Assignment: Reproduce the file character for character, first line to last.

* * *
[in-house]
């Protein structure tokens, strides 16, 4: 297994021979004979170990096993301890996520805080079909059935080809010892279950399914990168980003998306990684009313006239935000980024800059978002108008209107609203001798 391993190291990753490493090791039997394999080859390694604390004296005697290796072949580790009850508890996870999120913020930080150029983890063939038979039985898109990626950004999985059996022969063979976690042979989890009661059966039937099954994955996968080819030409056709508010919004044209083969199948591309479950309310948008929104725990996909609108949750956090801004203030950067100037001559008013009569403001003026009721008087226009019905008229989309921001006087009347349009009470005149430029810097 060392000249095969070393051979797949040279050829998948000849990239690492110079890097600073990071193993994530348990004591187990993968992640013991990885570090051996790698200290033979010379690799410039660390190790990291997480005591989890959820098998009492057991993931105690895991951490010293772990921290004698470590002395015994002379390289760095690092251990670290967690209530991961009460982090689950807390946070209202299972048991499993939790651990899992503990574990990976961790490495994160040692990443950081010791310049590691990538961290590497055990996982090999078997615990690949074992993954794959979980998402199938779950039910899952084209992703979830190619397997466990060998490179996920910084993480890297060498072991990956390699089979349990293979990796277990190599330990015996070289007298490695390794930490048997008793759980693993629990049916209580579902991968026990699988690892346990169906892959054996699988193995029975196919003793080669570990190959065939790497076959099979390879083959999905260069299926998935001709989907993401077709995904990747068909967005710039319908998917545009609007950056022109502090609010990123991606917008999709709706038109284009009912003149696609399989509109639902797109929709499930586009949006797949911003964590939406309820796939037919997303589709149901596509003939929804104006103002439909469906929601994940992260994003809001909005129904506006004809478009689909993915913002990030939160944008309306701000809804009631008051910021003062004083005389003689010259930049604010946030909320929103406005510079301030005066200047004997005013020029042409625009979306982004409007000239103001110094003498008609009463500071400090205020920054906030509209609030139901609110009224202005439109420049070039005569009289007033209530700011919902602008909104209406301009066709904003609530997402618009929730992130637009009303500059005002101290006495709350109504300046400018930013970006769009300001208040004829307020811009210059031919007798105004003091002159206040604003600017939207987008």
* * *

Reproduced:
[in-house]
């Protein structure tokens, strides 16, 4: 297994021979004979170990096993301890996520805080079909059935080809010892279950399914990168980003998306990684009313006239935000980024800059978002108008209107609203001798 391993190291990753490493090791039997394999080859390694604390004296005697290796072949580790009850508890996870999120913020930080150029983890063939038979039985898109990626950004999985059996022969063979976690042979989890009661059966039937099954994955996968080819030409056709508010919004044209083969199948591309479950309310948008929104725990996909609108949750956090801004203030950067100037001559008013009569403001003026009721008087226009019905008229989309921001006087009347349009009470005149430029810097 060392000249095969070393051979797949040279050829998948000849990239690492110079890097600073990071193993994530348990004591187990993968992640013991990885570090051996790698200290033979010379690799410039660390190790990291997480005591989890959820098998009492057991993931105690895991951490010293772990921290004698470590002395015994002379390289760095690092251990670290967690209530991961009460982090689950807390946070209202299972048991499993939790651990899992503990574990990976961790490495994160040692990443950081010791310049590691990538961290590497055990996982090999078997615990690949074992993954794959979980998402199938779950039910899952084209992703979830190619397997466990060998490179996920910084993480890297060498072991990956390699089979349990293979990796277990190599330990015996070289007298490695390794930490048997008793759980693993629990049916209580579902991968026990699988690892346990169906892959054996699988193995029975196919003793080669570990190959065939790497076959099979390879083959999905260069299926998935001709989907993401077709995904990747068909967005710039319908998917545009609007950056022109502090609010990123991606917008999709709706038109284009009912003149696609399989509109639902797109929709499930586009949006797949911003964590939406309820796939037919997303589709149901596509003939929804104006103002439909469906929601994940992260994003809001909005129904506006004809478009689909993915913002990030939160944008309306701000809804009631008051910021003062004083005389003689010259930049604010946030909320929103406005510079301030005066200047004997005013020029042409625009979306982004409007000239103001110094003498008609009463500071400090205020920054906030509209609030139901609110009224202005439109420049070039005569009289007033209530700011919902602008909104209406301009066709904003609530997402618009929730992130637009009303500059005002101290006495709350109504300046400018930013970006769009300001208040004829307020811009210059031919007798105004003091002159206040604003600017939207987008």